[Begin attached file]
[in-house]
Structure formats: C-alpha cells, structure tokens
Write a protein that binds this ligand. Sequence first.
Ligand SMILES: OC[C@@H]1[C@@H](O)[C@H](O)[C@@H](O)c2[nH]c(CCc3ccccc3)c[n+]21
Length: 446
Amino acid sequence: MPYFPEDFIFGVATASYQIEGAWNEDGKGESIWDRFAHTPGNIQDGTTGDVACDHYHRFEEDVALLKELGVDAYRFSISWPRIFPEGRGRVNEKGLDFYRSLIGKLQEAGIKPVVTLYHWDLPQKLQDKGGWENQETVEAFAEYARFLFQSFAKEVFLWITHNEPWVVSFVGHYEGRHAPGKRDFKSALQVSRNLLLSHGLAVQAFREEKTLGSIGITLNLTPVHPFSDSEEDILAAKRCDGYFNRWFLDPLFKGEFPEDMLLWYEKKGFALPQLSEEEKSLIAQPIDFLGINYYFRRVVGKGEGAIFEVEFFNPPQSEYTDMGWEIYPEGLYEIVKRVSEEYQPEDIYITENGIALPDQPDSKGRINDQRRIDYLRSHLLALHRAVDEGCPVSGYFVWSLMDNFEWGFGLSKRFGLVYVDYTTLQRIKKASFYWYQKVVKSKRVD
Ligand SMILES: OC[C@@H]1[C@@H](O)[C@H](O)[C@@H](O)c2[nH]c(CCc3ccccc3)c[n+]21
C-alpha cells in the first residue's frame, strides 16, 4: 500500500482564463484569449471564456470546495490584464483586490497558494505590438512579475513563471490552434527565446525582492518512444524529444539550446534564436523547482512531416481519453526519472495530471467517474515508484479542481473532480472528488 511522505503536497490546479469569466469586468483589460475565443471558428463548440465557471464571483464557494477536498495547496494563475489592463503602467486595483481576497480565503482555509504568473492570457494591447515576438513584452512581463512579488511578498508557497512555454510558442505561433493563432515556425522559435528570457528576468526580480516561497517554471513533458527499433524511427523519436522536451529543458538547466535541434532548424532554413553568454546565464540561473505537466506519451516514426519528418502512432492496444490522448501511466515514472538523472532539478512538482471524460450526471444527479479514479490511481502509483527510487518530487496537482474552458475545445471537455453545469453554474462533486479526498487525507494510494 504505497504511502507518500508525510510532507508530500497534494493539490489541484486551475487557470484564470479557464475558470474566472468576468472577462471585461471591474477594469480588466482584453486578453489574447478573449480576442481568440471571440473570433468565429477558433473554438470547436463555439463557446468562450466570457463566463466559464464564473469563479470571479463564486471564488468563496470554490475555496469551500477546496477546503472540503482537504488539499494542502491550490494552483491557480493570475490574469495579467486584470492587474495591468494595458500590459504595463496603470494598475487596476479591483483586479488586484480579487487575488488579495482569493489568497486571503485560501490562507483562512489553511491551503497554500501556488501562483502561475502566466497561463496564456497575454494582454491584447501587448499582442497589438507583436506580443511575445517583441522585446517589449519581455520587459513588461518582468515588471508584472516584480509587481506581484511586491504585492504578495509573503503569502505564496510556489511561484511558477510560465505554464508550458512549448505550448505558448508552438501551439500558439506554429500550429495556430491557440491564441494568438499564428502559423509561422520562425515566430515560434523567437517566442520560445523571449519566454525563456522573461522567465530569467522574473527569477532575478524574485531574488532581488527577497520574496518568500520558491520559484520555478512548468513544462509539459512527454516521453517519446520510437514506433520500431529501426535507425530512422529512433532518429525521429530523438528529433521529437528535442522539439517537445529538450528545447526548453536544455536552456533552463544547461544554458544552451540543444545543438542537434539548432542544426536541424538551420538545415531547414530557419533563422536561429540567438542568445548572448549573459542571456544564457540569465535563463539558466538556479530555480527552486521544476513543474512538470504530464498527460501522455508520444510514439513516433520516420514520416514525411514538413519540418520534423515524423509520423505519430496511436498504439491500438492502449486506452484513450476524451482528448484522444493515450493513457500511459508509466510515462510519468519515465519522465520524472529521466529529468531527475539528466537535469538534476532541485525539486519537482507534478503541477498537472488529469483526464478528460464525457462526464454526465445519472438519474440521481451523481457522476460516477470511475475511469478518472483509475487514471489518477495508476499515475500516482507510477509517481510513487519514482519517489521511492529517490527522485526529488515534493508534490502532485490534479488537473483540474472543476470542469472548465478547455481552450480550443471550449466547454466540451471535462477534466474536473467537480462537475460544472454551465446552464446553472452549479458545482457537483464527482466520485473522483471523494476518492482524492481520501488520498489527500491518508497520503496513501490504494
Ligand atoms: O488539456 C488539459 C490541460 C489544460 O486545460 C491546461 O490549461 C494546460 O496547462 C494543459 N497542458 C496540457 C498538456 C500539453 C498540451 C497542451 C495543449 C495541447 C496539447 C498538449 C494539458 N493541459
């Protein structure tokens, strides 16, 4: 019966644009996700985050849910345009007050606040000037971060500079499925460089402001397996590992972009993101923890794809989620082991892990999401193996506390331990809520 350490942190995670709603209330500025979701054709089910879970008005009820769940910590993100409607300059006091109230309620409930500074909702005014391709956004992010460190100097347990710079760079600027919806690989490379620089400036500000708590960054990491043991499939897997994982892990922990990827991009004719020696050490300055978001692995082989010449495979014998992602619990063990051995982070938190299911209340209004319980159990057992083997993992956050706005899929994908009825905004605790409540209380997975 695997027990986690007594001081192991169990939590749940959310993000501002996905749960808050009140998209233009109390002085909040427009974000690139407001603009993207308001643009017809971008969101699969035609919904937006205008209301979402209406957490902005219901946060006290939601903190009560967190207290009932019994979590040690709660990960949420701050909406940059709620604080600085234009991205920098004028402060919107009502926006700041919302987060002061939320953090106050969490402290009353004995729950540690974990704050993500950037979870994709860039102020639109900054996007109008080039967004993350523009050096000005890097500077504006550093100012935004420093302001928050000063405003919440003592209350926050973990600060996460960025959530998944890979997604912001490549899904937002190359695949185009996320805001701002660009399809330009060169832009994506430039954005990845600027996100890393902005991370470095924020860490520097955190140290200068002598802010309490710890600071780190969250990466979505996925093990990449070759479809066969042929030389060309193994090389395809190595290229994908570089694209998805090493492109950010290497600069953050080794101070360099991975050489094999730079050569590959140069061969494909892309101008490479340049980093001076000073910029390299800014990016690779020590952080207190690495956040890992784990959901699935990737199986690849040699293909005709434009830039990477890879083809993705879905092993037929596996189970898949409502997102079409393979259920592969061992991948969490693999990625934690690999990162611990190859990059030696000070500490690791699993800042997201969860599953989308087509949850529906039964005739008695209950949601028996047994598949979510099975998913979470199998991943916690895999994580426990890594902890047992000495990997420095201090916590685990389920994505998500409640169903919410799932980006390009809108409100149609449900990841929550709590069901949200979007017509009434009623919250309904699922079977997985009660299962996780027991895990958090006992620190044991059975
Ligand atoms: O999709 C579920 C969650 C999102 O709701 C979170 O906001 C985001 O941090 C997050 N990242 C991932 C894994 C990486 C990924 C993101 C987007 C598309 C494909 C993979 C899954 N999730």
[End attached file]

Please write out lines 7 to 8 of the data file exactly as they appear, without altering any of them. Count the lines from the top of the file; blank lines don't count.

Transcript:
Ligand SMILES: OC[C@@H]1[C@@H](O)[C@H](O)[C@@H](O)c2[nH]c(CCc3ccccc3)c[n+]21
C-alpha cells in the first residue's frame, strides 16, 4: 500500500482564463484569449471564456470546495490584464483586490497558494505590438512579475513563471490552434527565446525582492518512444524529444539550446534564436523547482512531416481519453526519472495530471467517474515508484479542481473532480472528488 511522505503536497490546479469569466469586468483589460475565443471558428463548440465557471464571483464557494477536498495547496494563475489592463503602467486595483481576497480565503482555509504568473492570457494591447515576438513584452512581463512579488511578498508557497512555454510558442505561433493563432515556425522559435528570457528576468526580480516561497517554471513533458527499433524511427523519436522536451529543458538547466535541434532548424532554413553568454546565464540561473505537466506519451516514426519528418502512432492496444490522448501511466515514472538523472532539478512538482471524460450526471444527479479514479490511481502509483527510487518530487496537482474552458475545445471537455453545469453554474462533486479526498487525507494510494 504505497504511502507518500508525510510532507508530500497534494493539490489541484486551475487557470484564470479557464475558470474566472468576468472577462471585461471591474477594469480588466482584453486578453489574447478573449480576442481568440471571440473570433468565429477558433473554438470547436463555439463557446468562450466570457463566463466559464464564473469563479470571479463564486471564488468563496470554490475555496469551500477546496477546503472540503482537504488539499494542502491550490494552483491557480493570475490574469495579467486584470492587474495591468494595458500590459504595463496603470494598475487596476479591483483586479488586484480579487487575488488579495482569493489568497486571503485560501490562507483562512489553511491551503497554500501556488501562483502561475502566466497561463496564456497575454494582454491584447501587448499582442497589438507583436506580443511575445517583441522585446517589449519581455520587459513588461518582468515588471508584472516584480509587481506581484511586491504585492504578495509573503503569502505564496510556489511561484511558477510560465505554464508550458512549448505550448505558448508552438501551439500558439506554429500550429495556430491557440491564441494568438499564428502559423509561422520562425515566430515560434523567437517566442520560445523571449519566454525563456522573461522567465530569467522574473527569477532575478524574485531574488532581488527577497520574496518568500520558491520559484520555478512548468513544462509539459512527454516521453517519446520510437514506433520500431529501426535507425530512422529512433532518429525521429530523438528529433521529437528535442522539439517537445529538450528545447526548453536544455536552456533552463544547461544554458544552451540543444545543438542537434539548432542544426536541424538551420538545415531547414530557419533563422536561429540567438542568445548572448549573459542571456544564457540569465535563463539558466538556479530555480527552486521544476513543474512538470504530464498527460501522455508520444510514439513516433520516420514520416514525411514538413519540418520534423515524423509520423505519430496511436498504439491500438492502449486506452484513450476524451482528448484522444493515450493513457500511459508509466510515462510519468519515465519522465520524472529521466529529468531527475539528466537535469538534476532541485525539486519537482507534478503541477498537472488529469483526464478528460464525457462526464454526465445519472438519474440521481451523481457522476460516477470511475475511469478518472483509475487514471489518477495508476499515475500516482507510477509517481510513487519514482519517489521511492529517490527522485526529488515534493508534490502532485490534479488537473483540474472543476470542469472548465478547455481552450480550443471550449466547454466540451471535462477534466474536473467537480462537475460544472454551465446552464446553472452549479458545482457537483464527482466520485473522483471523494476518492482524492481520501488520498489527500491518508497520503496513501490504494